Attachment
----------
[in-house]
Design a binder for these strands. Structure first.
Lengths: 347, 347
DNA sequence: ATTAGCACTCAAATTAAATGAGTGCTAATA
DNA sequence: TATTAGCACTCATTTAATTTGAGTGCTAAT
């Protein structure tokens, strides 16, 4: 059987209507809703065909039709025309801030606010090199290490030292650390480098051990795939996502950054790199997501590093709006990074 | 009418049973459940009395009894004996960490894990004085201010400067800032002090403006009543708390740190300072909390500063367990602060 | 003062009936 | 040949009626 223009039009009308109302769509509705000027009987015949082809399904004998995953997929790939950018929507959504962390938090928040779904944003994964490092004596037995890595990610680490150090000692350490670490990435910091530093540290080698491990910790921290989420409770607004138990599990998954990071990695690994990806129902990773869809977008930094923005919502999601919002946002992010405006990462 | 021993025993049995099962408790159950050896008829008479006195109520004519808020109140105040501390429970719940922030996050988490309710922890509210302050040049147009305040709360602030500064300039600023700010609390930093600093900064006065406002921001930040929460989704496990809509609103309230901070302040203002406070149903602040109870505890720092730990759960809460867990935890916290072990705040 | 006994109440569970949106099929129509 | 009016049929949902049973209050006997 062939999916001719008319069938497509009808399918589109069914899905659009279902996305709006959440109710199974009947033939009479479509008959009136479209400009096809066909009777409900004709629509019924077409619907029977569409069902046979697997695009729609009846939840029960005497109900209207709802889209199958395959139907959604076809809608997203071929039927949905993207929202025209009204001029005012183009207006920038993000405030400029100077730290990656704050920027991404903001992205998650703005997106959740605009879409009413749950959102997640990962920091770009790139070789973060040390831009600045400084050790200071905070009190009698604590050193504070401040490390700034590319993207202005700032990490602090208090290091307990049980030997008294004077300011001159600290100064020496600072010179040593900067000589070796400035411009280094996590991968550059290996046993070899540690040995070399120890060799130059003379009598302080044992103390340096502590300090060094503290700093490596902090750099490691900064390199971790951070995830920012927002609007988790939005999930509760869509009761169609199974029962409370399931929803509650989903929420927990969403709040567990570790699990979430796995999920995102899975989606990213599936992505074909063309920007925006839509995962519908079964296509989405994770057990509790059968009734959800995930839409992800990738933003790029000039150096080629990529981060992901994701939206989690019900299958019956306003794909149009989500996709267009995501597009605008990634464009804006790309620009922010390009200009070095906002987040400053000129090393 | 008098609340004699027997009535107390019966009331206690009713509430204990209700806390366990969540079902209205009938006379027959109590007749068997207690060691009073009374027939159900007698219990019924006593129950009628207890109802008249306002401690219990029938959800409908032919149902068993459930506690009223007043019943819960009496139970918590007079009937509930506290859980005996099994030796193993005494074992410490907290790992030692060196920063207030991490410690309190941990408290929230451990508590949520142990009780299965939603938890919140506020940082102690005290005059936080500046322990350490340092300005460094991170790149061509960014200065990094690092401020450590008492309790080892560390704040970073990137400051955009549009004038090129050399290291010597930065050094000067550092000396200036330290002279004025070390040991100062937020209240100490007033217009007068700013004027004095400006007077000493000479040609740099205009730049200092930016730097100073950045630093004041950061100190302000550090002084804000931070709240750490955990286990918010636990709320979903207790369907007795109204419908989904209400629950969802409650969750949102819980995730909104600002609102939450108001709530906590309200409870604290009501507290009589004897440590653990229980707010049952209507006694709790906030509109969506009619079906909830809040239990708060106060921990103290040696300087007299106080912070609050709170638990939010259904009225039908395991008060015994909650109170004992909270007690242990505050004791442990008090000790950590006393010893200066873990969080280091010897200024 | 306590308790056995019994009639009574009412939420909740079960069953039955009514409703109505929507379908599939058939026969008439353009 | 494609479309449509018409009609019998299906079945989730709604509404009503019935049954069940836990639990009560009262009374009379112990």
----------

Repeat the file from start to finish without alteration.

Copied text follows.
[in-house]
Design a binder for these strands. Structure first.
Lengths: 347, 347
DNA sequence: ATTAGCACTCAAATTAAATGAGTGCTAATA
DNA sequence: TATTAGCACTCATTTAATTTGAGTGCTAAT
């Protein structure tokens, strides 16, 4: 059987209507809703065909039709025309801030606010090199290490030292650390480098051990795939996502950054790199997501590093709006990074 | 009418049973459940009395009894004996960490894990004085201010400067800032002090403006009543708390740190300072909390500063367990602060 | 003062009936 | 040949009626 223009039009009308109302769509509705000027009987015949082809399904004998995953997929790939950018929507959504962390938090928040779904944003994964490092004596037995890595990610680490150090000692350490670490990435910091530093540290080698491990910790921290989420409770607004138990599990998954990071990695690994990806129902990773869809977008930094923005919502999601919002946002992010405006990462 | 021993025993049995099962408790159950050896008829008479006195109520004519808020109140105040501390429970719940922030996050988490309710922890509210302050040049147009305040709360602030500064300039600023700010609390930093600093900064006065406002921001930040929460989704496990809509609103309230901070302040203002406070149903602040109870505890720092730990759960809460867990935890916290072990705040 | 006994109440569970949106099929129509 | 009016049929949902049973209050006997 062939999916001719008319069938497509009808399918589109069914899905659009279902996305709006959440109710199974009947033939009479479509008959009136479209400009096809066909009777409900004709629509019924077409619907029977569409069902046979697997695009729609009846939840029960005497109900209207709802889209199958395959139907959604076809809608997203071929039927949905993207929202025209009204001029005012183009207006920038993000405030400029100077730290990656704050920027991404903001992205998650703005997106959740605009879409009413749950959102997640990962920091770009790139070789973060040390831009600045400084050790200071905070009190009698604590050193504070401040490390700034590319993207202005700032990490602090208090290091307990049980030997008294004077300011001159600290100064020496600072010179040593900067000589070796400035411009280094996590991968550059290996046993070899540690040995070399120890060799130059003379009598302080044992103390340096502590300090060094503290700093490596902090750099490691900064390199971790951070995830920012927002609007988790939005999930509760869509009761169609199974029962409370399931929803509650989903929420927990969403709040567990570790699990979430796995999920995102899975989606990213599936992505074909063309920007925006839509995962519908079964296509989405994770057990509790059968009734959800995930839409992800990738933003790029000039150096080629990529981060992901994701939206989690019900299958019956306003794909149009989500996709267009995501597009605008990634464009804006790309620009922010390009200009070095906002987040400053000129090393 | 008098609340004699027997009535107390019966009331206690009713509430204990209700806390366990969540079902209205009938006379027959109590007749068997207690060691009073009374027939159900007698219990019924006593129950009628207890109802008249306002401690219990029938959800409908032919149902068993459930506690009223007043019943819960009496139970918590007079009937509930506290859980005996099994030796193993005494074992410490907290790992030692060196920063207030991490410690309190941990408290929230451990508590949520142990009780299965939603938890919140506020940082102690005290005059936080500046322990350490340092300005460094991170790149061509960014200065990094690092401020450590008492309790080892560390704040970073990137400051955009549009004038090129050399290291010597930065050094000067550092000396200036330290002279004025070390040991100062937020209240100490007033217009007068700013004027004095400006007077000493000479040609740099205009730049200092930016730097100073950045630093004041950061100190302000550090002084804000931070709240750490955990286990918010636990709320979903207790369907007795109204419908989904209400629950969802409650969750949102819980995730909104600002609102939450108001709530906590309200409870604290009501507290009589004897440590653990229980707010049952209507006694709790906030509109969506009619079906909830809040239990708060106060921990103290040696300087007299106080912070609050709170638990939010259904009225039908395991008060015994909650109170004992909270007690242990505050004791442990008090000790950590006393010893200066873990969080280091010897200024 | 306590308790056995019994009639009574009412939420909740079960069953039955009514409703109505929507379908599939058939026969008439353009 | 494609479309449509018409009609019998299906079945989730709604509404009503019935049954069940836990639990009560009262009374009379112990």